June 22, 2017
2 min read

SomnaPatch possible tool to detect sleep apnea

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SomnaPatch, a new skin-adhesive diagnostic patch, provided significant clinical value for the detection of sleep apnea across all severity levels, compared with standard in-lab polysomnography, according to data presented at SLEEP 2017. 

“Portable home sleep monitors are being increasingly utilized in clinical practice for diagnosing sleep apnea,” Maria Merchant, PhD, CEO of Somnarus Inc, and colleagues wrote. “However, most type III home monitors are difficult for patients to set up and wearing the monitors is disruptive to patient’s typical sleep pattern.”

SomnaPatch may be an effective alternative to these other home monitors, and Merchant and colleagues evaluated its diagnostic value. According to Merchant and colleagues, SomnaPatch will only minimally affect sleep and is inexpensive, easy to use, light-weight, disposable and flexible. The patch, weighing less than 1 ounce, records nasal pressure, blood oxygen saturation, pulse rate, respiratory effort, sleep time and body position.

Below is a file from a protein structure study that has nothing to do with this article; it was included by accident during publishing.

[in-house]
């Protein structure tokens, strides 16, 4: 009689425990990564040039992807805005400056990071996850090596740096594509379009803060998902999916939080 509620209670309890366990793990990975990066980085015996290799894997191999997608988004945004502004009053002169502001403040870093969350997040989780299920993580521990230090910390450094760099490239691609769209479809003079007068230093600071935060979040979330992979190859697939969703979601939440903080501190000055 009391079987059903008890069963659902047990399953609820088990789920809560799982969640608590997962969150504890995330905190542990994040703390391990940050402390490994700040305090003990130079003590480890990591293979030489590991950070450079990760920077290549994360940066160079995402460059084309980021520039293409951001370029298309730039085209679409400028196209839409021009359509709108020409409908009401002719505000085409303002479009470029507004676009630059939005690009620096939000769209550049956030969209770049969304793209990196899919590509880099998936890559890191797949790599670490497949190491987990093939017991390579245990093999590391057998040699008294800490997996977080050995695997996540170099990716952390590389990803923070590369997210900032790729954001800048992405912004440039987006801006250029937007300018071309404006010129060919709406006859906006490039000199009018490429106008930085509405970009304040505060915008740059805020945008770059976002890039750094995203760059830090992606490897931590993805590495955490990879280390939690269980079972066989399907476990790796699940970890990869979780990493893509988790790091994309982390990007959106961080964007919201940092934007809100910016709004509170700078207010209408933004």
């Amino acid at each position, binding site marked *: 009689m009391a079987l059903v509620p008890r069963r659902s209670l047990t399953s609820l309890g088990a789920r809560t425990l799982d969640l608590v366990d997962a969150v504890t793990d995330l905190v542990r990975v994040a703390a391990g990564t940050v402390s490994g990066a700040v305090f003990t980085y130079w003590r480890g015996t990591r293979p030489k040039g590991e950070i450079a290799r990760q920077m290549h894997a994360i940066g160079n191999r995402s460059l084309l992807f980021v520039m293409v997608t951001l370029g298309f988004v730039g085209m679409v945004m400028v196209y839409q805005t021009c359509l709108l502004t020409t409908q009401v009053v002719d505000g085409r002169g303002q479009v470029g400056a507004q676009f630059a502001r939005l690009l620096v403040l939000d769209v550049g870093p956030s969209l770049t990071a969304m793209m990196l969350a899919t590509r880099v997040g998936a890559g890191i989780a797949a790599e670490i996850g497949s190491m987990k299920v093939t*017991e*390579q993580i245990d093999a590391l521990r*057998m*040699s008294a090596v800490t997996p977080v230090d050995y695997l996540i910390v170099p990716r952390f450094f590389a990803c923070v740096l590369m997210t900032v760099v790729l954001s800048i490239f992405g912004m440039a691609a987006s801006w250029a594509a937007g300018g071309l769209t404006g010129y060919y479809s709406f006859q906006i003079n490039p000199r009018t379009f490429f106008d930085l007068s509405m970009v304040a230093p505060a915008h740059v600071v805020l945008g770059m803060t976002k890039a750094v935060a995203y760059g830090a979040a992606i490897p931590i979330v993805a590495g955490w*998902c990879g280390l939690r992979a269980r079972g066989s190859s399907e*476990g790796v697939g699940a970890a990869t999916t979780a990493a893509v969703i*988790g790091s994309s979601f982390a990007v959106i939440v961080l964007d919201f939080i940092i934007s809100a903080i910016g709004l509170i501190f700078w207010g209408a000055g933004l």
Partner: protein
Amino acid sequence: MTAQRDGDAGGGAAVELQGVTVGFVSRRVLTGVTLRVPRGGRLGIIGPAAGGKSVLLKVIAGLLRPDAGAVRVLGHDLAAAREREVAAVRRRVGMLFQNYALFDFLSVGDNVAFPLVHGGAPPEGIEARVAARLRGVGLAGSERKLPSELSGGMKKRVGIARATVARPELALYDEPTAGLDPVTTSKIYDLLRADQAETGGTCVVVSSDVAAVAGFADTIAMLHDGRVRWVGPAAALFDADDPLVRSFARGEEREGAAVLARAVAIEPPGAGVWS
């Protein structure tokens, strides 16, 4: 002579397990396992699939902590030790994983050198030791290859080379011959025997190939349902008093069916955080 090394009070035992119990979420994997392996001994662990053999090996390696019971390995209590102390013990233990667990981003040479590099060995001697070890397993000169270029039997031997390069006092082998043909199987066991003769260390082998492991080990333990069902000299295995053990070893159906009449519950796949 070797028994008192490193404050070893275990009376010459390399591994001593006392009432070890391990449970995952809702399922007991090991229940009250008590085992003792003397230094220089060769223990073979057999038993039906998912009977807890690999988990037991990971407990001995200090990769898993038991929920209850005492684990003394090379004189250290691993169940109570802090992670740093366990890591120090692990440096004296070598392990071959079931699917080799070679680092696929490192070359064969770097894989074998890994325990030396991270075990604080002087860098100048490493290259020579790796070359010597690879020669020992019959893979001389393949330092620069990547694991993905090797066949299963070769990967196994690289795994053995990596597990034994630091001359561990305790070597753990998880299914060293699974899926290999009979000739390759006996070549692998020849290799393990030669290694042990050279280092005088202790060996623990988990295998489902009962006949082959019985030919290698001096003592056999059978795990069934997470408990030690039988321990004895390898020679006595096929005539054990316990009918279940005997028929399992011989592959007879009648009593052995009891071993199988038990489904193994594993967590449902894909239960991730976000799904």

The researchers collected simultaneous polysomnography (PSG) and diagnostic patch recordings from 174 participants (mean age, 54 years; 55% male). They found that area under the curve was more than 0.9 for all six receiver operating characteristic curves (5, 10, 15, 20, 25 and 30 events per hour). The optimal threshold of apnea-hypopnea index (AHI) ≥ 15 was 0.86 for sensitivity, 0.83 for specificity and 0.85 for accuracy. The researchers performed Bland-Altman analysis which revealed that there was a bias of 0.9 events per hour and the limits of agreement were 18.1 and –16.1. The rate of clinical agreement was 85% between recordings with PSG AHI ≥ 30 and patch AHI ≥ 30, while the rate of clinical agreement was 89% between recordings with PSG AHI< 30 and the patch AHI within (PSG AHI ±10). Overall, the rate of clinical agreement was 87.4% (95% CI, 81.4-91.9).

“Our study provided clinical validation of a new wearable device for diagnosing sleep apnea,” Merchant said in a related press release. “It was most surprising to us how well this inexpensive miniature device performed in comparison with in-lab sleep studies.”

“Most home sleep diagnostic devices are difficult for patients to use and are disruptive to patient's sleep,” she added. “Our study showed that this wearable home sleep monitor is very comfortable, easy to use and does not negatively affect sleep.” – by Alaina Tedesco


Merchant M, et al. Abstract 0448. Presented at: SLEEP 2017, the Annual Meeting of the Associated Professional Sleep Societies; June 3-7; Boston.

Disclosure: The researchers report receiving support from NIH.